Published: November 2019

Journal: Health Affairs

Authors: Rummo PE, Noriega D, Parret A, Harding M, Hesterman O, Elbel BE

See more related research


Pricing incentives may reduce disparities in obesity among Supplemental Nutrition Assistance Program (SNAP) participants by increasing fruit and vegetable purchases. However, few studies have evaluated the feasibility and effectiveness of those incentives in supermarkets, as opposed to farmers markets. In 2015 and 2016, as part of a US Department of Agriculture (USDA) pilot program, a dollar-matching program in Michigan provided SNAP participants with a subsidy on fresh produce purchases. Using data on millions of individual transactions from thirty-two stores, we found that SNAP participants’ spending on fresh produce was significantly higher at stores that implemented the subsidy than at control stores during both intervention periods (7.4 percent and 2.2 percent higher in 2015 and 2016, respectively). Our results highlight the effectiveness and feasibility of dollar-matching programs for fruit and vegetable purchases by SNAP participants who shop at supermarkets, and they support the USDA’s expansion of existing programs to that setting in additional states.

Related Research

September 2023

Applied Research Framework: A Guide to Creating Impactful WIC Research Projects and Collaborating with WIC Agencies

The Applied Research Framework aims to help external researchers (e.g., academic or nonprofit researchers) plan, communicate, execute and disseminate research related to WIC. This framework provides a checklist to guide research projects, including advice for building relationships with WIC agencies, descriptions of publicly available WIC-related datasets, and more! WIC agencies may also use this framework More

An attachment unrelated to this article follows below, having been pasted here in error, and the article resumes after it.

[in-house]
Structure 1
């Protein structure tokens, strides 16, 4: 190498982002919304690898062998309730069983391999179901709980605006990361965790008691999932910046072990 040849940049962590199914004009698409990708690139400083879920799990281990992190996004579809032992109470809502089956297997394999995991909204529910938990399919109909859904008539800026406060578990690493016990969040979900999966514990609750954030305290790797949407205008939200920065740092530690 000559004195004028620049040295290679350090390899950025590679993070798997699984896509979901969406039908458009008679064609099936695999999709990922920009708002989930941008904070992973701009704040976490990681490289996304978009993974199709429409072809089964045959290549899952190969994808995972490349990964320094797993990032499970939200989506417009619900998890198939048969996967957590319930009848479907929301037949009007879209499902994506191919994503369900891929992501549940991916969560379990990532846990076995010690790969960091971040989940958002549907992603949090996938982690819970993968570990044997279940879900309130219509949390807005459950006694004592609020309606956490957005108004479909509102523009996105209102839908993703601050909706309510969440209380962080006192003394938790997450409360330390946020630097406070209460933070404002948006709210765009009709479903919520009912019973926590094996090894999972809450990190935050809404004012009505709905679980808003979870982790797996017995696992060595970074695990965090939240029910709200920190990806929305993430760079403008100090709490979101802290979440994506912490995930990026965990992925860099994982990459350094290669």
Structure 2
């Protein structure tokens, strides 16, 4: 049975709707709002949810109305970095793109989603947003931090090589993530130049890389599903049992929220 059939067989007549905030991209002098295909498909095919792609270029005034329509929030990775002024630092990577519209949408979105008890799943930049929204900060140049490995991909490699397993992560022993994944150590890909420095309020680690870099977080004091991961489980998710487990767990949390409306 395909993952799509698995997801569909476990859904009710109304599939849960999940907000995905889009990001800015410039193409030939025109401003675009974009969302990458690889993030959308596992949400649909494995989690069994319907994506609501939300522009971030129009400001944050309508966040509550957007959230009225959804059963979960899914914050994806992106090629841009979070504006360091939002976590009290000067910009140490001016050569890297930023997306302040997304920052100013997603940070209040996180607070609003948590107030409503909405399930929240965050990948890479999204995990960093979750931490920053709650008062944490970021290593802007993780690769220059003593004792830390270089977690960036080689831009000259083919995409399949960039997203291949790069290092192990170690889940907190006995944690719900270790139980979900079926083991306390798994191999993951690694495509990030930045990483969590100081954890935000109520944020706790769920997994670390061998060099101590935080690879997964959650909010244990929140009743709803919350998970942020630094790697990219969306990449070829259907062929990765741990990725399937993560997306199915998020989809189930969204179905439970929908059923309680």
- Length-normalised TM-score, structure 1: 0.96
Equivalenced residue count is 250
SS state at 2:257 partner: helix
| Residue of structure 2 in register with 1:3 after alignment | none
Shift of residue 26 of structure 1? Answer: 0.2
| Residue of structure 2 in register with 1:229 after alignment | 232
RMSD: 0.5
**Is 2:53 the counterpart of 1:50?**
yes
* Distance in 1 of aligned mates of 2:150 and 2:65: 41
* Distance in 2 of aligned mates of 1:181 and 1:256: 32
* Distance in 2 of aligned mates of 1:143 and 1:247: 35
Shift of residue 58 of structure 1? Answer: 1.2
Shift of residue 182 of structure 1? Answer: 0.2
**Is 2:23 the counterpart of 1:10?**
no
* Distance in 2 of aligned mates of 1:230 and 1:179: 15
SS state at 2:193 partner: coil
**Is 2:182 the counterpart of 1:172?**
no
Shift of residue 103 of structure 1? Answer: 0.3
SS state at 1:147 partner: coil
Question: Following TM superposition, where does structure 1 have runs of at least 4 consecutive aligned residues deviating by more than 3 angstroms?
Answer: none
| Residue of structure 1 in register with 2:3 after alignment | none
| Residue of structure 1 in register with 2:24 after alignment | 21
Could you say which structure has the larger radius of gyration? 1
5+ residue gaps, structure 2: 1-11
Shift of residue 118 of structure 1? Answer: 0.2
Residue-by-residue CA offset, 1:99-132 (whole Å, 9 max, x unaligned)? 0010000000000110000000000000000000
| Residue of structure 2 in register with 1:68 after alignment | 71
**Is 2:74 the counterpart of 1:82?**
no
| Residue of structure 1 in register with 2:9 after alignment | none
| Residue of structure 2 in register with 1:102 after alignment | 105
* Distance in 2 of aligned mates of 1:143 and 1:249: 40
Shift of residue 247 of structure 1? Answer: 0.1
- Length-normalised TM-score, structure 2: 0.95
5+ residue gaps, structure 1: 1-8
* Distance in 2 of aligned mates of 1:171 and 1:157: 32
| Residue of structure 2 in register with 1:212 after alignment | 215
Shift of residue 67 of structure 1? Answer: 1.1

June 2023

Assessing the Impact of COVID-19 Waivers in WIC on Participation, Fruit and Vegetable Purchases, and Nutrition Disparities: A Natural Experiment

The Special Supplemental Nutrition Program for Women, Infants, and Children (WIC) has well-documented benefits for low-income mothers and children. Yet, coverage of eligible individuals is incomplete, participants do not fully utilize benefits, and dietary disparities persist. It is unknown whether COVID-related changes to WIC, particularly the increase in the value of the fruit and vegetable More

June 2023

Evaluating the Impact of Emergency Food Benefits in Response to the COVID-19 Pandemic on Supermarket Purchases among Families with Children

SNAP and WIC benefits increased in 2020-2021 to combat food insecurity due to COVID-19. Understanding these policies’ impact on household food purchase quality is crucial to guide future recommendations for these nutrition assistance programs. This study aims to assess the effect of changes to SNAP and WIC benefits implemented during the COVID-19 pandemic on the More